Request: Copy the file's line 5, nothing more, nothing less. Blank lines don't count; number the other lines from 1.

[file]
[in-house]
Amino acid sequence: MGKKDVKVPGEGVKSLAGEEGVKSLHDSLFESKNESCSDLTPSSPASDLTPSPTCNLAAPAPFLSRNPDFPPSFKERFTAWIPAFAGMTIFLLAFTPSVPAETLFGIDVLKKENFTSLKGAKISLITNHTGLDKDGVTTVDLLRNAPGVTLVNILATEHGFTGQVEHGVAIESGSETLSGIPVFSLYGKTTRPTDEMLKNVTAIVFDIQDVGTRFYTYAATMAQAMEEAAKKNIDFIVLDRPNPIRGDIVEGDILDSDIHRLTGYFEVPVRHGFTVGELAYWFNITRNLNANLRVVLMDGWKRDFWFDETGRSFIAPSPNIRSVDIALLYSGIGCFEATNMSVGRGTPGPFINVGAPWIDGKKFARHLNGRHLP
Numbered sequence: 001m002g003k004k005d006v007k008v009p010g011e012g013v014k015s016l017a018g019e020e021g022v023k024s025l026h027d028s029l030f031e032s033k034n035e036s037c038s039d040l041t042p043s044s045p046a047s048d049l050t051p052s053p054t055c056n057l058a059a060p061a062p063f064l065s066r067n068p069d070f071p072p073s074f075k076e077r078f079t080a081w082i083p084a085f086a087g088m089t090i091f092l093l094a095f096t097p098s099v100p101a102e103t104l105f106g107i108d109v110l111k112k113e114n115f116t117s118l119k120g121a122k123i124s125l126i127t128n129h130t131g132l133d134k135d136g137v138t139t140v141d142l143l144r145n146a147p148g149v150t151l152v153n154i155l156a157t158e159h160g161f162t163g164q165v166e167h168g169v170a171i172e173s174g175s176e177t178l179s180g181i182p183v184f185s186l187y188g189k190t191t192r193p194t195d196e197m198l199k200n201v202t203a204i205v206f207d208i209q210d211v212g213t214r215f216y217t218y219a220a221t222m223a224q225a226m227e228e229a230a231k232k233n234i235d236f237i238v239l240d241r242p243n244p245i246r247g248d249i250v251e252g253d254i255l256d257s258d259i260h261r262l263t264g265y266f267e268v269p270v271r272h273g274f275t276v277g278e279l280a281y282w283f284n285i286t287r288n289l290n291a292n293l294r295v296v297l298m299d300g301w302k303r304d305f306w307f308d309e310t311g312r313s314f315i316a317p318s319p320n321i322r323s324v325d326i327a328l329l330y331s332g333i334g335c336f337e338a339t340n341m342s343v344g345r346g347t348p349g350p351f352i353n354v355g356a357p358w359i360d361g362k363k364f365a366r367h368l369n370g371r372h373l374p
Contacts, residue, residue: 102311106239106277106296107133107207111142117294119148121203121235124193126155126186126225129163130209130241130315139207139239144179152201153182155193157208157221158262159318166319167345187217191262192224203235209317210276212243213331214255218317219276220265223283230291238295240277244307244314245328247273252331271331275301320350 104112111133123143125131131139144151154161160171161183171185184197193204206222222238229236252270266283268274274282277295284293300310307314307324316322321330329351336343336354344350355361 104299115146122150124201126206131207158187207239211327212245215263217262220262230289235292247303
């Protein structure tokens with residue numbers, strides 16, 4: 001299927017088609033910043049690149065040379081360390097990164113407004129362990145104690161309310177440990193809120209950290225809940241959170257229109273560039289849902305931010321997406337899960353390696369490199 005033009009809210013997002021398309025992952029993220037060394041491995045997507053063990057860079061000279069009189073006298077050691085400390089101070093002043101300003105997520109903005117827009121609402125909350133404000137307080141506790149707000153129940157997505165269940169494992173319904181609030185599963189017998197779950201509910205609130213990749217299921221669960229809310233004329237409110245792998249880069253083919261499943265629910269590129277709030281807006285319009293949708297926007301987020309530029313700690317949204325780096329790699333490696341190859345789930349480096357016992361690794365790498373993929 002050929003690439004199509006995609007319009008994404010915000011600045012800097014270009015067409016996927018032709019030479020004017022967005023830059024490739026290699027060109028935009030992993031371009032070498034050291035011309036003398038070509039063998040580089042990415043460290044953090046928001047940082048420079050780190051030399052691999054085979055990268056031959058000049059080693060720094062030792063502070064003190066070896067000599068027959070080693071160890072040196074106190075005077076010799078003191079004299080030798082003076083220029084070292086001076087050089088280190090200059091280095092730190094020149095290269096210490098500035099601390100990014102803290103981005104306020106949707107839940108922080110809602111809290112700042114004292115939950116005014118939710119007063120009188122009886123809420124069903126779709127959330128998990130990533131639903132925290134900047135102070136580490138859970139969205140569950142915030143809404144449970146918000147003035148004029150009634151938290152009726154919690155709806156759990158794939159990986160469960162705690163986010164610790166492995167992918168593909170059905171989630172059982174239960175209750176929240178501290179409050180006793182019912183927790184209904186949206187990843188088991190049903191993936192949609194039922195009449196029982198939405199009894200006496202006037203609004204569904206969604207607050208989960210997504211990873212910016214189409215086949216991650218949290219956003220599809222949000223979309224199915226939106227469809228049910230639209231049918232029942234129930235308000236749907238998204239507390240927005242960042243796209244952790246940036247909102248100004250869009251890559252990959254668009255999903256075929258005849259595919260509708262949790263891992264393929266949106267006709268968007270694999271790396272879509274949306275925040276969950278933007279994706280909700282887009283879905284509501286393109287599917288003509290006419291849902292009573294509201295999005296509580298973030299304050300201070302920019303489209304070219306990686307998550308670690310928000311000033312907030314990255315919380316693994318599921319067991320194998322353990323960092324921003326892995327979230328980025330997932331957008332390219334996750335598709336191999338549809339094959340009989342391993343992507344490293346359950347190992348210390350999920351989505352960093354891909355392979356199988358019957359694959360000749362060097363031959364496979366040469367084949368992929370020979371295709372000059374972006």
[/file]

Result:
């Protein structure tokens with residue numbers, strides 16, 4: 001299927017088609033910043049690149065040379081360390097990164113407004129362990145104690161309310177440990193809120209950290225809940241959170257229109273560039289849902305931010321997406337899960353390696369490199 005033009009809210013997002021398309025992952029993220037060394041491995045997507053063990057860079061000279069009189073006298077050691085400390089101070093002043101300003105997520109903005117827009121609402125909350133404000137307080141506790149707000153129940157997505165269940169494992173319904181609030185599963189017998197779950201509910205609130213990749217299921221669960229809310233004329237409110245792998249880069253083919261499943265629910269590129277709030281807006285319009293949708297926007301987020309530029313700690317949204325780096329790699333490696341190859345789930349480096357016992361690794365790498373993929 002050929003690439004199509006995609007319009008994404010915000011600045012800097014270009015067409016996927018032709019030479020004017022967005023830059024490739026290699027060109028935009030992993031371009032070498034050291035011309036003398038070509039063998040580089042990415043460290044953090046928001047940082048420079050780190051030399052691999054085979055990268056031959058000049059080693060720094062030792063502070064003190066070896067000599068027959070080693071160890072040196074106190075005077076010799078003191079004299080030798082003076083220029084070292086001076087050089088280190090200059091280095092730190094020149095290269096210490098500035099601390100990014102803290103981005104306020106949707107839940108922080110809602111809290112700042114004292115939950116005014118939710119007063120009188122009886123809420124069903126779709127959330128998990130990533131639903132925290134900047135102070136580490138859970139969205140569950142915030143809404144449970146918000147003035148004029150009634151938290152009726154919690155709806156759990158794939159990986160469960162705690163986010164610790166492995167992918168593909170059905171989630172059982174239960175209750176929240178501290179409050180006793182019912183927790184209904186949206187990843188088991190049903191993936192949609194039922195009449196029982198939405199009894200006496202006037203609004204569904206969604207607050208989960210997504211990873212910016214189409215086949216991650218949290219956003220599809222949000223979309224199915226939106227469809228049910230639209231049918232029942234129930235308000236749907238998204239507390240927005242960042243796209244952790246940036247909102248100004250869009251890559252990959254668009255999903256075929258005849259595919260509708262949790263891992264393929266949106267006709268968007270694999271790396272879509274949306275925040276969950278933007279994706280909700282887009283879905284509501286393109287599917288003509290006419291849902292009573294509201295999005296509580298973030299304050300201070302920019303489209304070219306990686307998550308670690310928000311000033312907030314990255315919380316693994318599921319067991320194998322353990323960092324921003326892995327979230328980025330997932331957008332390219334996750335598709336191999338549809339094959340009989342391993343992507344490293346359950347190992348210390350999920351989505352960093354891909355392979356199988358019957359694959360000749362060097363031959364496979366040469367084949368992929370020979371295709372000059374972006």